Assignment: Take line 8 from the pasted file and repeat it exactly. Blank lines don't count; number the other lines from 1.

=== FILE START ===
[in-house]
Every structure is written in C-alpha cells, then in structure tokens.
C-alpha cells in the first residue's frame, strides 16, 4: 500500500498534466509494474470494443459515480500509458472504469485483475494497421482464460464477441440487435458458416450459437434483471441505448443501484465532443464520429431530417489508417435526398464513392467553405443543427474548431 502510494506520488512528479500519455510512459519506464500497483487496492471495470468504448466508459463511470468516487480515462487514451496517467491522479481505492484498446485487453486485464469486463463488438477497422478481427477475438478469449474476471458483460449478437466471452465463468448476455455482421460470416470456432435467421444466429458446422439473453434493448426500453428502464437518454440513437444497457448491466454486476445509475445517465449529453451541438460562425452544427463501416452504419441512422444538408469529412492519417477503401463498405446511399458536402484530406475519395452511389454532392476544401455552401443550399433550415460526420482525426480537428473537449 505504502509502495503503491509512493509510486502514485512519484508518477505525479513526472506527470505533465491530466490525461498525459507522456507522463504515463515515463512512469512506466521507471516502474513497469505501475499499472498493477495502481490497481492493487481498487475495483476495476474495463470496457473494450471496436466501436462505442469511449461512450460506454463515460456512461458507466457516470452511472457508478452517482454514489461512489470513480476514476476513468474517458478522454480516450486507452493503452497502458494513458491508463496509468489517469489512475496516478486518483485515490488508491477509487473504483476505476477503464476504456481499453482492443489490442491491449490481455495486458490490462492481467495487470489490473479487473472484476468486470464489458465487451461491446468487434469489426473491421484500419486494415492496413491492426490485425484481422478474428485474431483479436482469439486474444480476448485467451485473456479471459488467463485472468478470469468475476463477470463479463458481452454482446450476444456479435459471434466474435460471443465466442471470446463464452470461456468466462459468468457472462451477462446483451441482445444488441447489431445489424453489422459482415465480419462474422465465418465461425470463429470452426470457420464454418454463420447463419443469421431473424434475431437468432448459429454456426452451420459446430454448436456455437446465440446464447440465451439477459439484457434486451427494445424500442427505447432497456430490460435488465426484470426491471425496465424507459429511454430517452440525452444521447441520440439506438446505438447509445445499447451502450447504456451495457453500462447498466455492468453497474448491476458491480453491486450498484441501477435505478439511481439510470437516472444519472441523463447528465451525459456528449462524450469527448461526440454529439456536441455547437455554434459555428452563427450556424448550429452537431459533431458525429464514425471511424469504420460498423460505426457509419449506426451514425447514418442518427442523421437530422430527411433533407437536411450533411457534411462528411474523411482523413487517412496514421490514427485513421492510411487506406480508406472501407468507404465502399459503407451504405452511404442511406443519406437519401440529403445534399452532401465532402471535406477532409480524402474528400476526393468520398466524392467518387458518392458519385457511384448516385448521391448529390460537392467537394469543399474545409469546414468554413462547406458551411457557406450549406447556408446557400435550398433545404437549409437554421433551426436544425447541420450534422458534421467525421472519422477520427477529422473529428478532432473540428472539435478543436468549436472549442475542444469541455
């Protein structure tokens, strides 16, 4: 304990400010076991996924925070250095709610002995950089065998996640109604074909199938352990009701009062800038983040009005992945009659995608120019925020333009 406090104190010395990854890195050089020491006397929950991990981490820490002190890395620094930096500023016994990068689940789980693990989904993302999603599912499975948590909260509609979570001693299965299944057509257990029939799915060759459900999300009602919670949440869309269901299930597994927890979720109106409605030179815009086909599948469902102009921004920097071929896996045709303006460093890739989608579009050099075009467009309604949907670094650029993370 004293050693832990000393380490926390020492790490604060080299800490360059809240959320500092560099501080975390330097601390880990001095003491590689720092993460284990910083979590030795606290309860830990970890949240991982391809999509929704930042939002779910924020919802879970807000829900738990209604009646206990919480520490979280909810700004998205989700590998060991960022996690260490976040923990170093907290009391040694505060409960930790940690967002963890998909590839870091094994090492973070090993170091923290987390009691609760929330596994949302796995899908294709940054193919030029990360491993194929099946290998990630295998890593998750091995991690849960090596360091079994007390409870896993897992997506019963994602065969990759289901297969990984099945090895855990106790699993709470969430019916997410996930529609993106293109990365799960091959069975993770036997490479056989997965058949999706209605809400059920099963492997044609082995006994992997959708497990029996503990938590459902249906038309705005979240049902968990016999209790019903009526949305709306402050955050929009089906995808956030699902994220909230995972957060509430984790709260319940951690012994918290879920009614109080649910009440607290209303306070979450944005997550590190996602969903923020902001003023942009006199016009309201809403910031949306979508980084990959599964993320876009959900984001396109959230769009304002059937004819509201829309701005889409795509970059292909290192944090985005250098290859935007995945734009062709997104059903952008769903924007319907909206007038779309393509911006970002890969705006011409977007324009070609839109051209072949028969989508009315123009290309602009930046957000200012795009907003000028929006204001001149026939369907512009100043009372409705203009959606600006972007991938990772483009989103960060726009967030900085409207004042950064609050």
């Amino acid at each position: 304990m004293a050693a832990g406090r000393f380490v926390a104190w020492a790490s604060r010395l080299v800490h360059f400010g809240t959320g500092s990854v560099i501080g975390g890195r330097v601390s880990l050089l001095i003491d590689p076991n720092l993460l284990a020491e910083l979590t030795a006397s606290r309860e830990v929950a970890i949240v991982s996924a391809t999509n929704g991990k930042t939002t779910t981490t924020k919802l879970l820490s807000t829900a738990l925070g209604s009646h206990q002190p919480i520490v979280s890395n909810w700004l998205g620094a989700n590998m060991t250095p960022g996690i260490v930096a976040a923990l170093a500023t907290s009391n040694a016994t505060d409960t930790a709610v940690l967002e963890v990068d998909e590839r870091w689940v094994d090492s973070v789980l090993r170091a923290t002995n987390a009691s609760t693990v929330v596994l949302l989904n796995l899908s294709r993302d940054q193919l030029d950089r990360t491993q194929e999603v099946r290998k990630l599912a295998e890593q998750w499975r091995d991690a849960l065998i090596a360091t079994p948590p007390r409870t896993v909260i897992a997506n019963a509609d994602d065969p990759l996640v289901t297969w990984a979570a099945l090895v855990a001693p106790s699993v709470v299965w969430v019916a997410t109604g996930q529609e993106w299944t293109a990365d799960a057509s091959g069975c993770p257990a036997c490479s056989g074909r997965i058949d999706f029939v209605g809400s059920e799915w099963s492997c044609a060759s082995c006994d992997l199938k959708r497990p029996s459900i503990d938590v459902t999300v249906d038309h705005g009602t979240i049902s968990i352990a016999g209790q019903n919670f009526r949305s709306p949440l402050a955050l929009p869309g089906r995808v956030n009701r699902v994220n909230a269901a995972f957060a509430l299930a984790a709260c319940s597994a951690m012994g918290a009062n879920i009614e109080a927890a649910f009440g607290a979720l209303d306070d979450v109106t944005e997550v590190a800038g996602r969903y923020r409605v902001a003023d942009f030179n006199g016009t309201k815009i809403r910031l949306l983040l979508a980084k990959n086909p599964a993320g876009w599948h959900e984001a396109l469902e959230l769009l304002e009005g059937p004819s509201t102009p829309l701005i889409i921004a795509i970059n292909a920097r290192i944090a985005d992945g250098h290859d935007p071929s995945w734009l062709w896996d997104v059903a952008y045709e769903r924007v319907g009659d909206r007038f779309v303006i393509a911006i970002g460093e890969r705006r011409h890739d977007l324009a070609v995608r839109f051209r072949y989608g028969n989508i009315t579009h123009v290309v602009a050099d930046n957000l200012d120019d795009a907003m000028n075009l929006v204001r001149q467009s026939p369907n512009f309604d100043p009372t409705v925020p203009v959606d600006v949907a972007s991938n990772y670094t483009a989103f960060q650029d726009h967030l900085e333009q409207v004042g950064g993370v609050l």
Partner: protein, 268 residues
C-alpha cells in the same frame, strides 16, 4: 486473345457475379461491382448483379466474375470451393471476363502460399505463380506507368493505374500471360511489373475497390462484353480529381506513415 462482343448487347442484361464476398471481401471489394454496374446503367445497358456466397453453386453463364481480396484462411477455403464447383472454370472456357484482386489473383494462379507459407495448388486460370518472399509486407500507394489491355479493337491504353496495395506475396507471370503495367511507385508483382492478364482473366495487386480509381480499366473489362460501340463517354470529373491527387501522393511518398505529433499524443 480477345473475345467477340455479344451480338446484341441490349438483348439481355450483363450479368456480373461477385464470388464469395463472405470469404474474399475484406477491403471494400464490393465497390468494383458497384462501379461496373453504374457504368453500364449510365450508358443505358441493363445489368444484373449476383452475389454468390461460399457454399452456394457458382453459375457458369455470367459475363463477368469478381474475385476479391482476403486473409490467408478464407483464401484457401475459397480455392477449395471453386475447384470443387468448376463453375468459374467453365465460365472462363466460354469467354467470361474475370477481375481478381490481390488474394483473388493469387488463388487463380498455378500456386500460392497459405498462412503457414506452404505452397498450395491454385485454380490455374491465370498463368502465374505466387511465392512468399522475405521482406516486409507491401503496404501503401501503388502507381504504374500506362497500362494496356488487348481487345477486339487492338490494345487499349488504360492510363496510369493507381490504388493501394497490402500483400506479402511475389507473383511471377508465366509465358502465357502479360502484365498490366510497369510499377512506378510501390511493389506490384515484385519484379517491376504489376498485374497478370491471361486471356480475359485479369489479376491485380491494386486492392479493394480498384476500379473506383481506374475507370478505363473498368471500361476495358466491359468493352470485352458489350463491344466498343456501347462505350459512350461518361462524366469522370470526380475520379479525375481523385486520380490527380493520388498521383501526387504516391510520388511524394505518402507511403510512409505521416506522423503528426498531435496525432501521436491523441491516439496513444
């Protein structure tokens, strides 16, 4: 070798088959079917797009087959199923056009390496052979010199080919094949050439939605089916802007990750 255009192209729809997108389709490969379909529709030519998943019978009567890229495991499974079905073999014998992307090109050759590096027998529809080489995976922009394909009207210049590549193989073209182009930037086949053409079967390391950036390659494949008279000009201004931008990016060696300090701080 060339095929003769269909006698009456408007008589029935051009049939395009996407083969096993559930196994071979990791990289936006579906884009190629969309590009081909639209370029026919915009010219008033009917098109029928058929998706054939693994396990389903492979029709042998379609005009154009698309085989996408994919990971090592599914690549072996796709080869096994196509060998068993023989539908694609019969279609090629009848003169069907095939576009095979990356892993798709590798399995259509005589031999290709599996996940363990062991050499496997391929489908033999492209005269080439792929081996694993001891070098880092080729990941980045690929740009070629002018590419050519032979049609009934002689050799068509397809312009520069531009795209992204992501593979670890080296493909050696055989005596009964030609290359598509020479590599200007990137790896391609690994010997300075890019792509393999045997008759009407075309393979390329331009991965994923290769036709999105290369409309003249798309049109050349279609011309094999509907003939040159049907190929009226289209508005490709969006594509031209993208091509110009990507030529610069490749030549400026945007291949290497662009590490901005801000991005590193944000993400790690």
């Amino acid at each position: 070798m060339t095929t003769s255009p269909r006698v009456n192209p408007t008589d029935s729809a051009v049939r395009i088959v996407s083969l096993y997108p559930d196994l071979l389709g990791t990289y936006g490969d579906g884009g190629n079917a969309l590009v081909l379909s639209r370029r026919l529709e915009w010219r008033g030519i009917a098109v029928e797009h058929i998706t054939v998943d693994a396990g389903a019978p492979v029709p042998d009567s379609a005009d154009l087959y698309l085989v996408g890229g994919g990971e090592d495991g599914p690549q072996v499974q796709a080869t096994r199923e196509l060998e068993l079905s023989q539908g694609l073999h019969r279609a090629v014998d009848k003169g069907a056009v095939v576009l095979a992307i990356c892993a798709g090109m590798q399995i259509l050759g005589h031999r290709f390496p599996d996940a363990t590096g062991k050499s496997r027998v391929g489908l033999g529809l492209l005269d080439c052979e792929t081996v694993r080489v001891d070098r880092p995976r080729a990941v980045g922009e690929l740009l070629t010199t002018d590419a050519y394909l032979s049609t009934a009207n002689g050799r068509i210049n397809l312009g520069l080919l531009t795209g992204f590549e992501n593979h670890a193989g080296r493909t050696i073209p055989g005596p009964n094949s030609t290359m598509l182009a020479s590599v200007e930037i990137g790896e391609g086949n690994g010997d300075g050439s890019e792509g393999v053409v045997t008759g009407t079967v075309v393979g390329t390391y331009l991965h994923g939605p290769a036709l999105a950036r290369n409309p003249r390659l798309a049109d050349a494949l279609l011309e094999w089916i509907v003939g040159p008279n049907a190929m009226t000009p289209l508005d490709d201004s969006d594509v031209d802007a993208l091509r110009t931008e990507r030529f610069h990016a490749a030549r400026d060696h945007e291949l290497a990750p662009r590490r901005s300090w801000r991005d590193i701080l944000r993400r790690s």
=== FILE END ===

């Protein structure tokens, strides 16, 4: 070798088959079917797009087959199923056009390496052979010199080919094949050439939605089916802007990750 255009192209729809997108389709490969379909529709030519998943019978009567890229495991499974079905073999014998992307090109050759590096027998529809080489995976922009394909009207210049590549193989073209182009930037086949053409079967390391950036390659494949008279000009201004931008990016060696300090701080 060339095929003769269909006698009456408007008589029935051009049939395009996407083969096993559930196994071979990791990289936006579906884009190629969309590009081909639209370029026919915009010219008033009917098109029928058929998706054939693994396990389903492979029709042998379609005009154009698309085989996408994919990971090592599914690549072996796709080869096994196509060998068993023989539908694609019969279609090629009848003169069907095939576009095979990356892993798709590798399995259509005589031999290709599996996940363990062991050499496997391929489908033999492209005269080439792929081996694993001891070098880092080729990941980045690929740009070629002018590419050519032979049609009934002689050799068509397809312009520069531009795209992204992501593979670890080296493909050696055989005596009964030609290359598509020479590599200007990137790896391609690994010997300075890019792509393999045997008759009407075309393979390329331009991965994923290769036709999105290369409309003249798309049109050349279609011309094999509907003939040159049907190929009226289209508005490709969006594509031209993208091509110009990507030529610069490749030549400026945007291949290497662009590490901005801000991005590193944000993400790690």